Common Irish Setter Mix Breeds

Irish Setters are well-known but because of their large size and exercise requirements, they are not one of the most popular breeds in the United States right now. There are not a lot of people breeding them or their mixes.

We did find a few Irish Setter mix breeds online. These are actual mixes, not just dogs that could possibly be created.

  • Irish Doodles: This is a cross between an Irish Setter and a Poodle. It’s a little scary to think of the combined intelligence of the devilish smarts of the Irish Setter and the super brain of the Poodle. Crossing with a Poodle may reduce shedding in some dogs.
  • Golden Irish: The Irish Setter x Golden Retriever cross is a big dog with lots of energy. These can be beautiful dogs. However, they can also be very fixated on playing and retrieving.
  • Irish Lab Setter: A cross between an Irish Setter and a Labrador Retriever, these dogs are often either red or black. They can have a medium-long coat. They are often very smart. In personality, they may take after either parent.

Fun Facts about Irish Setters

  • In 1870, an Irish Setter named Elcho was brought to the United States by Charles H. Turner. The dog became the first Irish Setter to win a championship in the U.S. He sired 197 puppies and helped establish the breed in the U.S.
  • In Ireland today, a bus company uses an Irish Setter as its logo and mascot. The company is Bus Eireann (Irish Bus).
  • More than one American president has owned Irish Setters in the White House. Harry Truman had an Irish Setter named Mike. Ronald Reagan had an Irish named Peggy. And Richard Nixon had the famous King Timahoe.
  • Big Red, the Disney film, is about an Irish Setter. The movie is based on the book by author Jim Kjelgaard. The gorgeous Irish Setter in the movie becomes friends with a French-Canadian boy who understands his independent spirit.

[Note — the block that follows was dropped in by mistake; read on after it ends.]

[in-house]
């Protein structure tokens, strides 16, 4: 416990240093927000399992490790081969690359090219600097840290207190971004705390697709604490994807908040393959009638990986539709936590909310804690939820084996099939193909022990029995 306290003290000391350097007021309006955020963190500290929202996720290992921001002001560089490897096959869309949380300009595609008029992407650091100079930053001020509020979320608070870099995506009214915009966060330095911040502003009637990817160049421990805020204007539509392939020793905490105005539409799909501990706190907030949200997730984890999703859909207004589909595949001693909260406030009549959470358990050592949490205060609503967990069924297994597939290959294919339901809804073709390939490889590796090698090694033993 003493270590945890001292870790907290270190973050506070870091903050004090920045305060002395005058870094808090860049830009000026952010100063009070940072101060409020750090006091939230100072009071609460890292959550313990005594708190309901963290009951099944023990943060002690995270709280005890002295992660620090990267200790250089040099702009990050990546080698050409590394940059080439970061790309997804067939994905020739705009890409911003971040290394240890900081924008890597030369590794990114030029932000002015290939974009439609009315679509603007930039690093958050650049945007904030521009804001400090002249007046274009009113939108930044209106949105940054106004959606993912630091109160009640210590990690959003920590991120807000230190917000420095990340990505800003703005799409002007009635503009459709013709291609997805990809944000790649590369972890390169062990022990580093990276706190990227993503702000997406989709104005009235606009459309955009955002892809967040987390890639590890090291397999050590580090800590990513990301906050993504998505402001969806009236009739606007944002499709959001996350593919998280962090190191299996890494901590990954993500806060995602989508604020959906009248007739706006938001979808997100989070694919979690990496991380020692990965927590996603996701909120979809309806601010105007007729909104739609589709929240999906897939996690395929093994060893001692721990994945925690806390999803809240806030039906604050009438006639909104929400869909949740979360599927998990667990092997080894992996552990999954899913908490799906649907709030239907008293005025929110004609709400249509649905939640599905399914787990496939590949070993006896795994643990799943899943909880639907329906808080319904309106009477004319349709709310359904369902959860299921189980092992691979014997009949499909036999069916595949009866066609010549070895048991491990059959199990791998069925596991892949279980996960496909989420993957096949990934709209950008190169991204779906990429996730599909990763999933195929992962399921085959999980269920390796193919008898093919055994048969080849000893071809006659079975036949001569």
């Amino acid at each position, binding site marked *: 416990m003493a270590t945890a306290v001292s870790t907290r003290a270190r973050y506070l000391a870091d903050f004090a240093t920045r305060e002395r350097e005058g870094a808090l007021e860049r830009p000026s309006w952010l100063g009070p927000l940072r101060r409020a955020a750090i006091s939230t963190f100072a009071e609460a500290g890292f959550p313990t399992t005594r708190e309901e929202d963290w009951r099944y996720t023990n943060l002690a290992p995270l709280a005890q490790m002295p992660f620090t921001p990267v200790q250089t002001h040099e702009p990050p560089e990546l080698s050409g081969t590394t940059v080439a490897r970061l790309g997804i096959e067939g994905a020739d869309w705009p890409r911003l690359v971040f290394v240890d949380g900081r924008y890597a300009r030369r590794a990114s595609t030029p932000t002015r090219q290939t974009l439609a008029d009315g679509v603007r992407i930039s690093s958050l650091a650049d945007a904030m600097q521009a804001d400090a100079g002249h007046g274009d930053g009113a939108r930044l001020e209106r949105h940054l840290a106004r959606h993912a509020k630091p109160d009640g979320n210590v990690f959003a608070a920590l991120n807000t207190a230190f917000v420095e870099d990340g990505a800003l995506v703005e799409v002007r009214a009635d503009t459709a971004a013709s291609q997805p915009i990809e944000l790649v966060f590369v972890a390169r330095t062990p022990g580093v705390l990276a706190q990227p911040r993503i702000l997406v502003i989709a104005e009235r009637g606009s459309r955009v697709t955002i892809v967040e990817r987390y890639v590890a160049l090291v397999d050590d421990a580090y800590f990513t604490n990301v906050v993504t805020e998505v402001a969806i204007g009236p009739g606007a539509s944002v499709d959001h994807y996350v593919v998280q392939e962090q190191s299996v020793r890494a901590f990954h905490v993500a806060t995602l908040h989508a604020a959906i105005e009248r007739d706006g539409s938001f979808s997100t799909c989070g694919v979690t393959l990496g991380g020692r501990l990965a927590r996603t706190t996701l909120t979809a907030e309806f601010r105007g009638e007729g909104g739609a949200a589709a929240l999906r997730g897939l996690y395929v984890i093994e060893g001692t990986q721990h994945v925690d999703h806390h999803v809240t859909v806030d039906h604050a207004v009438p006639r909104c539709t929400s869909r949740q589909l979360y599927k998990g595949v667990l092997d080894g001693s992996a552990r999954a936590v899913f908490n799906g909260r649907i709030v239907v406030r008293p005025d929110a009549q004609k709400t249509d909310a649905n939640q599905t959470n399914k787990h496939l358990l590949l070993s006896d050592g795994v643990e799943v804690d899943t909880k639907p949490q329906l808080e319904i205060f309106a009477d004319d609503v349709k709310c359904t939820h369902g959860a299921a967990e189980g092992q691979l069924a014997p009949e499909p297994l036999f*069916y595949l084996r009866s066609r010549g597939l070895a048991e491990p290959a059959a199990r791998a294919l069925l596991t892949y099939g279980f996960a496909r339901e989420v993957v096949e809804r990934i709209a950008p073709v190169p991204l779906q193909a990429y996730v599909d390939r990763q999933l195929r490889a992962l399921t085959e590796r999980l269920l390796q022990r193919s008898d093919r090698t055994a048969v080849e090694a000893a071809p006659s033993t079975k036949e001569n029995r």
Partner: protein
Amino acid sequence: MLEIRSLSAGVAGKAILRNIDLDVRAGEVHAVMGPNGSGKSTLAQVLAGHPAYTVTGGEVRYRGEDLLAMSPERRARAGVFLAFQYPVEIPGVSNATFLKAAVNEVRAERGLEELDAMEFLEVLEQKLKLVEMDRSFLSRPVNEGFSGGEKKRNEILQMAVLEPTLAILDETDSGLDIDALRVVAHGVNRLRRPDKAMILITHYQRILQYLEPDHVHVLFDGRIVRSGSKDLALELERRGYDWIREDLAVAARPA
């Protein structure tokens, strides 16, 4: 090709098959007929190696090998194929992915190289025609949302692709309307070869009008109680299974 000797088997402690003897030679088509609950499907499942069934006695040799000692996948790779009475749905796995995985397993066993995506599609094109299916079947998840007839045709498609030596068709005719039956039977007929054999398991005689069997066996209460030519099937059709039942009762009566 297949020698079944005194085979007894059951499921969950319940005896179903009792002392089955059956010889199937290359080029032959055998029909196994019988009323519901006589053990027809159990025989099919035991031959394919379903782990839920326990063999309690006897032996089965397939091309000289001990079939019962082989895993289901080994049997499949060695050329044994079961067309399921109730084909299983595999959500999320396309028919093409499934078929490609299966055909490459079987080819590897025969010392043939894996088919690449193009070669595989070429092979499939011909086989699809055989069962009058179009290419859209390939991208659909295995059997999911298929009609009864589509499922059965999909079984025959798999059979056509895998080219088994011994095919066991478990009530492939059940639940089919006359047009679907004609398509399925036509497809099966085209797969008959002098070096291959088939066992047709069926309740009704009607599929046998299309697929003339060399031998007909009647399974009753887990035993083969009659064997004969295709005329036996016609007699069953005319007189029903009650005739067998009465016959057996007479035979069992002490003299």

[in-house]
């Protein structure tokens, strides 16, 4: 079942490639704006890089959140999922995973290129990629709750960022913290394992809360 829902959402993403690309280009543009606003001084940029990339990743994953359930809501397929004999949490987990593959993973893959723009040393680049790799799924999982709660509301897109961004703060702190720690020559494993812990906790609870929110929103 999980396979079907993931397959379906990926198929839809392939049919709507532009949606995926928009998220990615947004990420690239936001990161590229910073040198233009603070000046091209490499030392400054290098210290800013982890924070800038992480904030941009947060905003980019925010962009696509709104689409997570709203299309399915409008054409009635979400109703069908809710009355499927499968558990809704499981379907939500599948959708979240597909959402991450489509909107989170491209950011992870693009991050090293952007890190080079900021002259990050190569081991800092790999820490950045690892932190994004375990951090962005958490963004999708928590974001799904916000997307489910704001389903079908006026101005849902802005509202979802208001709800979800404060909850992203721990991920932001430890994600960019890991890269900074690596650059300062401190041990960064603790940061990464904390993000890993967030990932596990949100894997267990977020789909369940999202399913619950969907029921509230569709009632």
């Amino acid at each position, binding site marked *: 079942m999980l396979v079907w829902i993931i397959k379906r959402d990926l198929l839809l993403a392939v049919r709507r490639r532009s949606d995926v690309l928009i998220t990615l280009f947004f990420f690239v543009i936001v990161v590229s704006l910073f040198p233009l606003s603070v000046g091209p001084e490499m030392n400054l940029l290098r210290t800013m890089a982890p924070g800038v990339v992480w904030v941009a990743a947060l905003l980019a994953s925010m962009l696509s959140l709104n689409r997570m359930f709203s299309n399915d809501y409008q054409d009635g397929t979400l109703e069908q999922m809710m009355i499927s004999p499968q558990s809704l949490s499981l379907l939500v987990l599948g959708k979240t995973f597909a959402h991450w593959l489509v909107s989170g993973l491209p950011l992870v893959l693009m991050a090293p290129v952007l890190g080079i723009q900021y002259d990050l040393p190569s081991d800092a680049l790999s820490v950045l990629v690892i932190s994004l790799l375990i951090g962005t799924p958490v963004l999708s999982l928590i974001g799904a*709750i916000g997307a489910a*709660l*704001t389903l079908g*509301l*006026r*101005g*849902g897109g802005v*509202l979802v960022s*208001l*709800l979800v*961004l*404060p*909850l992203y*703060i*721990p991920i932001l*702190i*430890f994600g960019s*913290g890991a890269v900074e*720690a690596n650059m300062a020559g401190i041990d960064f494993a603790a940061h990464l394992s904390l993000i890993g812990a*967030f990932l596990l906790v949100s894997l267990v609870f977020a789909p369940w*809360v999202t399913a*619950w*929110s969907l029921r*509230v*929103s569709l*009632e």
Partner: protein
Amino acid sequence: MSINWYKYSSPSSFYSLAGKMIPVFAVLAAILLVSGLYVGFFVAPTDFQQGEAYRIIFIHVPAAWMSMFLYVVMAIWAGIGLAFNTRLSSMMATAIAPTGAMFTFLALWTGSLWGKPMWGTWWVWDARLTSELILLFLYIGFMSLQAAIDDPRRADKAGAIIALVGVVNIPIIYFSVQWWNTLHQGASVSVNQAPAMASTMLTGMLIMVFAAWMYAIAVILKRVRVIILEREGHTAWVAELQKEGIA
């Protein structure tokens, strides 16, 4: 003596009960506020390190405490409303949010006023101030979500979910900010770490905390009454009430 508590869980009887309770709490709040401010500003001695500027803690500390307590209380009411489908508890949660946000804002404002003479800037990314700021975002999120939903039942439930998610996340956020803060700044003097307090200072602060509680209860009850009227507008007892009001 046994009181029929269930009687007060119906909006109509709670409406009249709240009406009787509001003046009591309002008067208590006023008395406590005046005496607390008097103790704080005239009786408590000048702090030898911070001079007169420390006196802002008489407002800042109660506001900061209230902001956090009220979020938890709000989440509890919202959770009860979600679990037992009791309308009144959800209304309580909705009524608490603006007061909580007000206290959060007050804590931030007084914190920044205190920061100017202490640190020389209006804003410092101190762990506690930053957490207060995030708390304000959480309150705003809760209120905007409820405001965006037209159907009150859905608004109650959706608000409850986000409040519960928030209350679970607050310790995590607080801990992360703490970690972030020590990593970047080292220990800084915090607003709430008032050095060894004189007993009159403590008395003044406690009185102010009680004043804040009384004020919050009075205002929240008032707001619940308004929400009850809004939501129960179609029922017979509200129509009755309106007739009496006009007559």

• In the 19th century, famous English Setter breeders Edward Laverack and Purcell Llewellin are believed to have used some Irish Setters in their breeding programs because of the field success and looks of the Irish dogs.


Do Irish Setters Make Good Family Pets?

Yes, Irish Setters make very good family pets. They like children and they get along well with most other pets. Care should be taken if you have small pets such as rabbits, hamsters, and other caged pets. Irish Setters will chase small animals unless they are taught not to bother them. If you have cats, it’s best if you bring an Irish Setter into the home as a puppy so he can learn to leave the cats alone. Irish Setters do require plenty of daily exercise so they are best suited for active families.

Are Irish Setters Smart?

Yes, Irish Setters are very smart. However, they do not always obey. They are also good at planning their shenanigans. For example, an Irish Setter is perfectly capable of making a noise in another room to make you get out of bed. Once you are out of bed, your Irish is happy to get in your bed and take your warm spot. The more time you spend with your Irish Setter, the closer you can bond. They love to be with people. Training is easier if you have a close connection with your dog.

Is an Irish Setter a Hound?

No, Irish Setters are not hounds. All of the Setter breeds are part of the Sporting group. That includes the Irish Setter, the Gordon Setter, the Irish Red & White Setter, and the English Setter. They hunt various gamebirds by scenting the air.

Do Irish Setters like to cuddle?

Yes, Irish Setters do like to cuddle. They are affectionate dogs. They love to be with people. This is not a breed that should be left outdoors. They want to be part of the family. They also love to entertain you. Life is a party for most Irish Setters. They find the fun  in everything.

Do Irish Setters shed?

Yes, Irish Setters do shed. Their coat isn’t as heavy as some breeds but you can still expect shedding in the spring and fall. Regular brushing will help reduce the shedding.


Irish Setters have a wonderful, happy personality. Contrary to what you might have heard, these are very intelligent dogs even though they don’t always listen to you. The keys to training your Irish Setter are finding ways to motivate them and keep their interest. Irish Setters are loving and affectionate. They make wonderful family dogs, especially for active families.

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Carlotta Cooper

Author & Pet Expert

Carlotta Cooper is a vice president of the Sportsmen’s and Animal Owners’ Voting Alliance (SAOVA) and an AKC Legislative Liaison. She writes for multiple pet blogs and she’s a breed columnist for the AKC Gazette. She’s also a contributing editor for the weekly dog show magazine Dog News. She is the author of several books about dogs and other animals.